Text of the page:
The Retweet: #WorkForThisVote — Why Presidential Candidates Have To Stop Insulting Black Voters

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During the first Democratic debate, held two weeks ago, it was clear which candidates understood just how important the Black vote really is.

Vermont Sen. Bernie Sanders jumped right into the debate with a fiery denouncement of systemic inequalities in the nation, declaring “Black Lives Matter” when the political panel of five were asked how they view the Black liberation movement. Hillary Clinton continued her fight against the current criminal justice system. Both Jim Webb and Lincoln Chafee, who have since dropped out of the race, were slow to align themselves with the Black community, and Martin O’Malley harped on his experience as the former mayor of Baltimore (where Freddie Gray’s death at the hands of police sparked national protests this spring) to appeal to voters.

Sadly, the Democrats, even with a mention of the Black Lives Matter Network, fell short. The concerns of millions of Black Americans were all but dismissed in the first debate, indicating that even the left needs a crash course on how to gain the Black vote.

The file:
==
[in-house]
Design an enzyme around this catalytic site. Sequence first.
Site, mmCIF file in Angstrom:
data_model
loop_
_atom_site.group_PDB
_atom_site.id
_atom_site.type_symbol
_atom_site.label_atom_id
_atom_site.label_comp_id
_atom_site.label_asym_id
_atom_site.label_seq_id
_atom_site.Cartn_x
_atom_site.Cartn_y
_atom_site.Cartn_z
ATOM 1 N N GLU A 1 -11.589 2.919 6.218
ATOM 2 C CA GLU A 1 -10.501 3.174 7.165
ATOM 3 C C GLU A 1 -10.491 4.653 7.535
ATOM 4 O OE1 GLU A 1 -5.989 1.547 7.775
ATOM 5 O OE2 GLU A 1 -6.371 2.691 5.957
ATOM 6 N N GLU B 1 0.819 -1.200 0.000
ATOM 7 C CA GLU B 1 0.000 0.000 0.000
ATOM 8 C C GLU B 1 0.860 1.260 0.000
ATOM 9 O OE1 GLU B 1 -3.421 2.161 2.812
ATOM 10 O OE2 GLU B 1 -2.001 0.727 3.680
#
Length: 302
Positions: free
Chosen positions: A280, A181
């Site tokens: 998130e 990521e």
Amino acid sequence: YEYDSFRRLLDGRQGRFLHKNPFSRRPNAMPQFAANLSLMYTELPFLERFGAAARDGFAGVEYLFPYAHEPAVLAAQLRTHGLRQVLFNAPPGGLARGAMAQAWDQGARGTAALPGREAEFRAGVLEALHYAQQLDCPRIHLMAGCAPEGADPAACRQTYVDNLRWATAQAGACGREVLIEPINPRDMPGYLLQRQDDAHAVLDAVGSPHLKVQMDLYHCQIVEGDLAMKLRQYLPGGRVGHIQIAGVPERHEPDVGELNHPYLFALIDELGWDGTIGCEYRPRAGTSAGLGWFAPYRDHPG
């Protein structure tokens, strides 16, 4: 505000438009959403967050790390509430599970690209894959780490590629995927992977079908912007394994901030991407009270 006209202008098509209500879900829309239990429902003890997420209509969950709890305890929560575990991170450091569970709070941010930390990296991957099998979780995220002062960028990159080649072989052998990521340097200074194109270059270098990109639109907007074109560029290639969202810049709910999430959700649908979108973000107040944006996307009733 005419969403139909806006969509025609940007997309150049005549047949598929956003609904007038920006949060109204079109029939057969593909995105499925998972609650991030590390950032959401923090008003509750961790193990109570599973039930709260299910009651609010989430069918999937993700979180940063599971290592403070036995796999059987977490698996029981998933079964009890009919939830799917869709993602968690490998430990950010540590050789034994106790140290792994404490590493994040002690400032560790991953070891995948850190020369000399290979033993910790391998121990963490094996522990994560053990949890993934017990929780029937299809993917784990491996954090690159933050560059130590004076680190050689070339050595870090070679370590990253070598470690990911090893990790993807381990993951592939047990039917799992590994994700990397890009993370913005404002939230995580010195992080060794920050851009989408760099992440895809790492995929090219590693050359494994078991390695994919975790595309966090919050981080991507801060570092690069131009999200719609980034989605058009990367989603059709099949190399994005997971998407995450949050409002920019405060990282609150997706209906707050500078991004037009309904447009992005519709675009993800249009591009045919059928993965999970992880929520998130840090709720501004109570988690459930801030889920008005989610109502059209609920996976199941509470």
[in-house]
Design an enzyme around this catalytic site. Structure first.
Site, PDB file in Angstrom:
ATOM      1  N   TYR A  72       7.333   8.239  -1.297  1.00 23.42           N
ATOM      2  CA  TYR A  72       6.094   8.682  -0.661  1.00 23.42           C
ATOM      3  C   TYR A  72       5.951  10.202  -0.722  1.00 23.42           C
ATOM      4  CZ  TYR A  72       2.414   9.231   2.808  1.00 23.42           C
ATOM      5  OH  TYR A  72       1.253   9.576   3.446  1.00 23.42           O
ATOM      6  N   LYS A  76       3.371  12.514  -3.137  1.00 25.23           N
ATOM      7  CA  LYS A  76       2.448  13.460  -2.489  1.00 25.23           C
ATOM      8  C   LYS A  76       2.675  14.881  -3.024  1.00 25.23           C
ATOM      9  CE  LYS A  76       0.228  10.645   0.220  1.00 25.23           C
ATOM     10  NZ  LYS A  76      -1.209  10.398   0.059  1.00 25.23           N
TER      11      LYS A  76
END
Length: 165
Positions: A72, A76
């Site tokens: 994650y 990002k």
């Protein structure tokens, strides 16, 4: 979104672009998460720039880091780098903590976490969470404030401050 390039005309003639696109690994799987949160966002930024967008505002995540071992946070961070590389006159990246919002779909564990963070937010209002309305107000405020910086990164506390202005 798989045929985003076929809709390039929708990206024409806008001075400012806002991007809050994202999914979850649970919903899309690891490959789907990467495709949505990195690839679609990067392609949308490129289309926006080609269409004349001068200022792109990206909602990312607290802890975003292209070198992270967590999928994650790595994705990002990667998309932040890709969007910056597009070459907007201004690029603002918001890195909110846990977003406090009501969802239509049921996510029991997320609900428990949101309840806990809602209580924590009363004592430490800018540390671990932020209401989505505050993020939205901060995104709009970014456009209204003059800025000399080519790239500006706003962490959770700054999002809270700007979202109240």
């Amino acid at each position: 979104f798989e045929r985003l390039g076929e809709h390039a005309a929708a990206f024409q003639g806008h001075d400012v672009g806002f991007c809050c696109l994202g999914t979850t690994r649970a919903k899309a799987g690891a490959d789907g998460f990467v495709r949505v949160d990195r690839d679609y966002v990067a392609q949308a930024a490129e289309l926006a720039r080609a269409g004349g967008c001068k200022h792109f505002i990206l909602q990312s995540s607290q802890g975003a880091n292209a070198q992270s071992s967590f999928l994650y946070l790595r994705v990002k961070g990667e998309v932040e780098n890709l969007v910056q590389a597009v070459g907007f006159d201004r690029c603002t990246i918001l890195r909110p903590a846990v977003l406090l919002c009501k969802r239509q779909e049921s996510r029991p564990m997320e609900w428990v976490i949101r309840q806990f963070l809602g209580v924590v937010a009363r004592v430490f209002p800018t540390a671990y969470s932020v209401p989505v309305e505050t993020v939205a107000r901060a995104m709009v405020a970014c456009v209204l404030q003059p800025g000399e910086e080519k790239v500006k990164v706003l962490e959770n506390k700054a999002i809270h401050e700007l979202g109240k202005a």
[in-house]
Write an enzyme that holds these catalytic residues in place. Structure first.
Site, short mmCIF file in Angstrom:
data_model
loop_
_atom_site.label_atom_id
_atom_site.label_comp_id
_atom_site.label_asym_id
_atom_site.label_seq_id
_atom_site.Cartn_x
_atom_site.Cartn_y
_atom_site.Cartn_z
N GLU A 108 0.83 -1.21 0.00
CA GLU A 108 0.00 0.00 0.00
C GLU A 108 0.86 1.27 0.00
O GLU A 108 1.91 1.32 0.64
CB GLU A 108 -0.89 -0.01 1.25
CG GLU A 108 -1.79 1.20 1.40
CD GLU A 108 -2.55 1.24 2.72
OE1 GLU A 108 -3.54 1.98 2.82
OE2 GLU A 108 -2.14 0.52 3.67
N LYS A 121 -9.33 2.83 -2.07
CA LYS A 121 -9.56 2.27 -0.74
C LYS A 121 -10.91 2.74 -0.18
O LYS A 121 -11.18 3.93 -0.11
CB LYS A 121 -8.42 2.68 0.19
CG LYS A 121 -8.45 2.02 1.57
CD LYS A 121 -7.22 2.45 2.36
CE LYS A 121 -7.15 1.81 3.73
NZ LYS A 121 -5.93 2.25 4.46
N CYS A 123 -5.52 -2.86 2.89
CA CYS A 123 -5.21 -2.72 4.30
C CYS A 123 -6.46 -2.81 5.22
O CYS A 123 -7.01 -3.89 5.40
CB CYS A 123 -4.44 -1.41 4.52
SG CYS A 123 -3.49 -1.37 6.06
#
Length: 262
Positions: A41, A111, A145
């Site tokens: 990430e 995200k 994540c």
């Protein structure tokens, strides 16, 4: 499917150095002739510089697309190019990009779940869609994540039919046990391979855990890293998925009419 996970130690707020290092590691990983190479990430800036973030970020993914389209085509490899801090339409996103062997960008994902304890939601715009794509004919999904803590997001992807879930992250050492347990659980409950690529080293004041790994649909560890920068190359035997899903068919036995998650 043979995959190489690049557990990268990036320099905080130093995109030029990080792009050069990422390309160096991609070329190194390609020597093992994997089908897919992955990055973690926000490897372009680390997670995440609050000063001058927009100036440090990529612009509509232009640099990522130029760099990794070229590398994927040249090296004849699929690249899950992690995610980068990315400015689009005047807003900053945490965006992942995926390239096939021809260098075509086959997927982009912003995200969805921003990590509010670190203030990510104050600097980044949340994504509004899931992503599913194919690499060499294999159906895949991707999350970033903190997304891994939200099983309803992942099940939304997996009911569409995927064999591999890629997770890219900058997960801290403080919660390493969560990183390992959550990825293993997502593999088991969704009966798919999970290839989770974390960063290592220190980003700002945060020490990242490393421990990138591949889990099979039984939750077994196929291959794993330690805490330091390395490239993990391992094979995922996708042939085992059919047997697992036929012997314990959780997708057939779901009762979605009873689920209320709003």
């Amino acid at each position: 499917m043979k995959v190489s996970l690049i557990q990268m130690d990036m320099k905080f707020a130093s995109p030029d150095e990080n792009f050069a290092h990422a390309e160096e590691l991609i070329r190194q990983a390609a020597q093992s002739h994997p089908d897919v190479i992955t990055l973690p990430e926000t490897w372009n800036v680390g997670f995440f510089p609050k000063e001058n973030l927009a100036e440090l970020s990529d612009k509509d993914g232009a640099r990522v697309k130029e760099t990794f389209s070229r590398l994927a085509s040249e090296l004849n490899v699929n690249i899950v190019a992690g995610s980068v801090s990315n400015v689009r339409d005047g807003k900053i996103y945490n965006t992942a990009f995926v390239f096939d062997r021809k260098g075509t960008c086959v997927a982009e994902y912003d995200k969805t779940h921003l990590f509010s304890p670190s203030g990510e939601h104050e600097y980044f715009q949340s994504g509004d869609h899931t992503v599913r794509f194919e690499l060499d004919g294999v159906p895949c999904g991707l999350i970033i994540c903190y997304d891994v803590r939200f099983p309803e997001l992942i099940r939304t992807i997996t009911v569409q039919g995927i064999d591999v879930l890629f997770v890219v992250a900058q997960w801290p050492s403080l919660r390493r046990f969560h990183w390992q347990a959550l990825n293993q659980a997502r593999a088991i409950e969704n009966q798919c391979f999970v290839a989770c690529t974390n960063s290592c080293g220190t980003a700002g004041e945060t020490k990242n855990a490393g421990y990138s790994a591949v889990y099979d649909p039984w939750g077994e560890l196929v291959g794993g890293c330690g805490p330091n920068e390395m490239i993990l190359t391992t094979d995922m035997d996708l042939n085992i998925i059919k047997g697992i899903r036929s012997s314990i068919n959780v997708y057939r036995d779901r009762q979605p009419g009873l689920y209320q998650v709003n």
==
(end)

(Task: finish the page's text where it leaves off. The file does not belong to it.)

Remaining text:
But if Clinton or Sanders’ responses to Black issues were lukewarm, the GOP responses are just downright insulting. While addressing a crowd in South Carolina in September, presidential hopeful Jeb Bush suggested that he could win the Black vote without dolling out “free stuff” to said voters. And just hours after the debate, Marco Rubio echoed those sentiments, calling the three-hour political banter “a liberal versus liberal debate about who was going to give away the most free stuff.”

Those comments join a growing list of insults hurled at potential Black voters that undermine just how much power the voting block really has. In fact, Black voter turnout exceeded White voter turnout, despite restrictive voter ID laws across the nation in 2012. And Black women alone had the highest voter turnout of any group the first year President Barack Obama was elected.

Conservative or liberal, it’s time candidates start considering Black lives if they want to get the vote. Ignoring one of the most powerful groups in America is a sure way to lose.

Check out GlobalGrind’s The Retweet and an exploration into just how important the Black vote is in the video above.

See more episodes of The Retweet, here.

SOURCE: Twitter

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